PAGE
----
As Musta'li was only just over 18 years of age, or according to Ismaili historians, 20, at the time of al-Mustansir's death, it is obvious that his wedding could not have been celebrated more than seven years before his father died, i.e. when he was about 13 years of age. It is quite probable that in reality it took place much later. Thus it would appear that during the exceptionally long reign of al-Mustansir, something like 55 years, there was no heir-apparent, until the Caliph, at the memorable wedding, in a rather elusive way, appointed Musta'li, by bestowing upon him the title of wali ahdi'l-mu'minin. Fyzee remarks, 'All this sounds very improbable.' On page 20, 1.2, the author, obviously conscious of this difficulty, goes so far as to say that the nass to Nizar, and later on to Abdullah, was made by al-Mustansir only as a concession to the public impatience, in order to placate his followers. Fyzee writes, 'He apparently does not notice that this implies insincerity of the Imam in his actions.' (p. 7)
With regard to the memorable occasion of the wedding of Musta'li, which plays the key role in the argument of the author, it provides, in addition to the bestowing of the title mentioned above, yet another sign of the elevation of the young prince above his brothers, namely his being seated on the right hand of his father, while all other princes had to sit on the left side. Fyzee writes, 'It is difficult to find in this decisive indication as to whether such arrangement constituted something extraordinary from the point of view of the Fatimid court etiquette. As Musta'li was the centre of the celebration, the hero of the day, perhaps he might have been specially honoured on the occasion, without any prejudice to the rights and dignity of his elder brothers.' (p. 8)

A very interesting story is given by the author (p. 14) in which he mentions the testimony of Nizar's sister. The latter, as the author narrates, in the presence of witnesses publicly denounced the claims of Nizar to the Imamate, and condemned his attitude, invoking curses upon all those who supported him. She said that on several occasiions her father, the last Caliph al-Mustansir, gave her to understand that it was his intention to appoint Musta'li his heir-apparent. She added further that her brother Nizar, on the memorable occasion of Musta'li's wedding to the daughter of al-Afdal, came to her, and said that till then he still cherished the hope of being his father's successor. But after seeing the ostentation with which his father showed his favour towards the youngest prince, by giving him precedence over his elder brothers, he had to give up all hope. Thus, as she said, Nizar was quite conscious that he was acting wrongly when he rose in rebellion. Fyzee writes, 'This story is really interesting in its implications: it is quite possible that a certain estrangement did take place between the father and his elder son, as may happen in any family, of high or low position. This certainly could easily exploited for their own ends by al-Afdal and his party, whom the ascension of Nizar threatened to dislodge from their high position. But at the same time from the words of Nizar quoted by his sister, it appears that until the fateful wedding there was no official act by which Nizar was deprived of his position as heir-apparent.' (p. 9)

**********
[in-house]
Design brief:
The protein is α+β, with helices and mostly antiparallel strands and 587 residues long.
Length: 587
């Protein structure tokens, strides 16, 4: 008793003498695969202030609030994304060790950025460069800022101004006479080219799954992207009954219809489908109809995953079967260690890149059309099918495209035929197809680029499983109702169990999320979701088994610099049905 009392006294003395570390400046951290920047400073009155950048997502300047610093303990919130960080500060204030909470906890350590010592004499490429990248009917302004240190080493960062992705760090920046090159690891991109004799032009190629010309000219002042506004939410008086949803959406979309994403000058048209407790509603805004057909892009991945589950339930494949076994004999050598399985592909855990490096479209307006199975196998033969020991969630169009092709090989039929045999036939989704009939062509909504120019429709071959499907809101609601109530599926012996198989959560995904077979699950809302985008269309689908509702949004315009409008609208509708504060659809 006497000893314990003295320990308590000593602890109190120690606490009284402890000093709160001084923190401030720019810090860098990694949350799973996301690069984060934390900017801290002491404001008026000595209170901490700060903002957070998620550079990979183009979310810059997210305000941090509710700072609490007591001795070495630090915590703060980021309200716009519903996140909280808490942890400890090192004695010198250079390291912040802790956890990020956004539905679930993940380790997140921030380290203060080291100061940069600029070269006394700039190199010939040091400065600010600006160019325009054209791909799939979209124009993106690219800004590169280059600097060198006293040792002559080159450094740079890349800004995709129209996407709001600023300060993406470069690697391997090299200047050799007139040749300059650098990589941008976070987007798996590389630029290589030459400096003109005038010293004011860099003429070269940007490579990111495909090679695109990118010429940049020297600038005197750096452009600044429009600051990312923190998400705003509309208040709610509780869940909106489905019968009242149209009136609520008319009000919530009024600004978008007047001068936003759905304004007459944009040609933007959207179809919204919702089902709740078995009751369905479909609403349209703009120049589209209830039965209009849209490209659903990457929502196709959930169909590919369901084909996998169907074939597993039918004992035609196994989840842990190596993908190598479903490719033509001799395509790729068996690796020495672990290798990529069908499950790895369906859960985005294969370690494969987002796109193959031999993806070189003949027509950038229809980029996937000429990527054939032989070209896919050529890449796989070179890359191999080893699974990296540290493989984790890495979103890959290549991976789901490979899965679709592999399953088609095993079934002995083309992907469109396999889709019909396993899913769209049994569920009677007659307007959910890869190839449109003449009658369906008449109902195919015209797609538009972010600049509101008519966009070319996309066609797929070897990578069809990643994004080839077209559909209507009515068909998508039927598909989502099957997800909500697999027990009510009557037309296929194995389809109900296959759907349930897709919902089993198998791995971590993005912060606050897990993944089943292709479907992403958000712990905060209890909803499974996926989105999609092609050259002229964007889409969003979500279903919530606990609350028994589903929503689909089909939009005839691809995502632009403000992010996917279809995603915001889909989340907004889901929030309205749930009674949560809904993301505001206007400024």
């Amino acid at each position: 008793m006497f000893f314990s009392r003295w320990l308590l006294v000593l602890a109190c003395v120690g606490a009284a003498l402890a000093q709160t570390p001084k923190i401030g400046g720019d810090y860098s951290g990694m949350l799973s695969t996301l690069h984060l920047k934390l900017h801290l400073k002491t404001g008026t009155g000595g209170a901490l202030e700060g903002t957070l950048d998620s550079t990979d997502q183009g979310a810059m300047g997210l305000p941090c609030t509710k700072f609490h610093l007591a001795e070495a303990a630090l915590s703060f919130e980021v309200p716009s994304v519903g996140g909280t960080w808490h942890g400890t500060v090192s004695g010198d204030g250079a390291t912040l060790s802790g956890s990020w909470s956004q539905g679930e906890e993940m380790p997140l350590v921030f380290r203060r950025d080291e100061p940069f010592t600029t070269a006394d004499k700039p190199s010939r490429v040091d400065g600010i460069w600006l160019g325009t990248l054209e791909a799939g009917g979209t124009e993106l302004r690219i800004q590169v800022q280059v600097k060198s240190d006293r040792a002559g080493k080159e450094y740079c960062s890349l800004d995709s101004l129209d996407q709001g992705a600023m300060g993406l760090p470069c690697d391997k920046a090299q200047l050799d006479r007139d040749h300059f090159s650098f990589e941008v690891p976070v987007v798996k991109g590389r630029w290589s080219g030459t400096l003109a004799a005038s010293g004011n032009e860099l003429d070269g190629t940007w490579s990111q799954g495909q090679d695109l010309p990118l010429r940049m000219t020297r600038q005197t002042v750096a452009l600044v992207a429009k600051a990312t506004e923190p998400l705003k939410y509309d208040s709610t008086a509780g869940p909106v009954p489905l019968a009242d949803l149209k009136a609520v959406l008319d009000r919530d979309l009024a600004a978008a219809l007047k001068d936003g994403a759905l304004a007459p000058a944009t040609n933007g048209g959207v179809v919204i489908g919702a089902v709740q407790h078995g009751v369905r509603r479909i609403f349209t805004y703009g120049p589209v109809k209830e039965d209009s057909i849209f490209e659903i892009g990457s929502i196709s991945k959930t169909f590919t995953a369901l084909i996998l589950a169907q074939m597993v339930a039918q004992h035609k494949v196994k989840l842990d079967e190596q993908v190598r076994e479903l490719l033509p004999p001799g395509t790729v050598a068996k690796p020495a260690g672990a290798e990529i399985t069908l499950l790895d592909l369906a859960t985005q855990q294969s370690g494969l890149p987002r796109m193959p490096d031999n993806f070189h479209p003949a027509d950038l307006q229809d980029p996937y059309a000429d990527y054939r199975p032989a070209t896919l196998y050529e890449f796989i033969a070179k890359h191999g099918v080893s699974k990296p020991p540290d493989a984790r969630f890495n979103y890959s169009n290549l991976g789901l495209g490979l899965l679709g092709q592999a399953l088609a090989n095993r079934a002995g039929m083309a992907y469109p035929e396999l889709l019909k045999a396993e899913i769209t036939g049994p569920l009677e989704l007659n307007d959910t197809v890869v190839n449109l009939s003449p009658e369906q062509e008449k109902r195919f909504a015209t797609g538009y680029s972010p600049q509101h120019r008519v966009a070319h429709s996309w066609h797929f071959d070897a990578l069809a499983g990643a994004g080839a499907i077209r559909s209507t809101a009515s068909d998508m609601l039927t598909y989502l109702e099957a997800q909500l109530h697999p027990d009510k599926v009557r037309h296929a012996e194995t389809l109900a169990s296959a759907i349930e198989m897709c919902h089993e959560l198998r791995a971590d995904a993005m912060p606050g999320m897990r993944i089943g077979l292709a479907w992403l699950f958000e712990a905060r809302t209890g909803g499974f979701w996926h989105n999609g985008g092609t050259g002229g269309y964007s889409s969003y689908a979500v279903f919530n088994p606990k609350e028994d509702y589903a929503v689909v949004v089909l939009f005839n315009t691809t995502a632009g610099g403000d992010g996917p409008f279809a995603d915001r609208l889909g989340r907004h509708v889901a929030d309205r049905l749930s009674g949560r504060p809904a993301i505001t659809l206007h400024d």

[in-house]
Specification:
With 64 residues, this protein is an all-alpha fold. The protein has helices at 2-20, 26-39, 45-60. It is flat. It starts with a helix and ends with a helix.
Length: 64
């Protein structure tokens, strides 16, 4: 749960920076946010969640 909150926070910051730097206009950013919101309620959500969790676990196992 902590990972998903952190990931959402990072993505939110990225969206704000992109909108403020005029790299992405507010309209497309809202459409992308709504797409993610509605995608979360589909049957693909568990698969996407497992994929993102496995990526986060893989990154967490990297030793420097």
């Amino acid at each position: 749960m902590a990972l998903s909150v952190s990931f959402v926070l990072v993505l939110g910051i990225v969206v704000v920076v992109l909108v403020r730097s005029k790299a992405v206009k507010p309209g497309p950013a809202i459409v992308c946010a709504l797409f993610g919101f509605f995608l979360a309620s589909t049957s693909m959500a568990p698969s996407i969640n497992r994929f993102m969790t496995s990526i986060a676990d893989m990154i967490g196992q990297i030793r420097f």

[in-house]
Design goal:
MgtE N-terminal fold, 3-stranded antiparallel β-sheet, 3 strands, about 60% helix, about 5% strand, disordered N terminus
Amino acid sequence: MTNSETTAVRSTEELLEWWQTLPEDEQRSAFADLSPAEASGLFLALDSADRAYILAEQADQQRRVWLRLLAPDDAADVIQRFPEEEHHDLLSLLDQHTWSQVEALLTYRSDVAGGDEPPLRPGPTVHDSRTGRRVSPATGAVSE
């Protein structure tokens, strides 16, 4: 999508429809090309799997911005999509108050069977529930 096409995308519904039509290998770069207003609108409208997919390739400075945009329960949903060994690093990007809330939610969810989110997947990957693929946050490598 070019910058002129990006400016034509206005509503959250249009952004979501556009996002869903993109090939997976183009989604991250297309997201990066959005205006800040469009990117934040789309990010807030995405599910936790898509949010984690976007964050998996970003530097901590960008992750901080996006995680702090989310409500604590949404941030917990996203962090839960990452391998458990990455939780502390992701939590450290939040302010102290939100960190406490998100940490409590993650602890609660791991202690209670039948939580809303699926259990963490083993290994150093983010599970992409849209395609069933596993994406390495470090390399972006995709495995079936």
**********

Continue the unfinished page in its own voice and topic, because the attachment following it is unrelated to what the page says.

The author claims that Nizar and Abdullah swore allegiance to Musta'li on his accession (cf. p. 22, 1.12). Fyzee writes, 'But there are other historians, and they are far from being pro-Nizar, who nevertheless relate that when Nizar was summoned to the palace only to find that his father was dead, and Musta'li was enthroned by the commander-in-chief, he protested, saying that he had a written document concerning his appointment as the heir. He said that he was going to fetch it, left the palace, and then escaped to Alexandria. Thus there is no certainty as to the circumstances of the alleged swearing of allegiance.' (pp. 10-11)

Another decisive argument which the author uses against Nizar is the alleged extinction of his house (cf. p. 23, 1.11), which, according to Ismaili ideas, definitely proves the futility of a person's claims to the Imamate. Fyzee comments, 'As is quite natural to expect, he refuses to believe in the fact that descendants of Nizar continue in Persia.' (P. 11)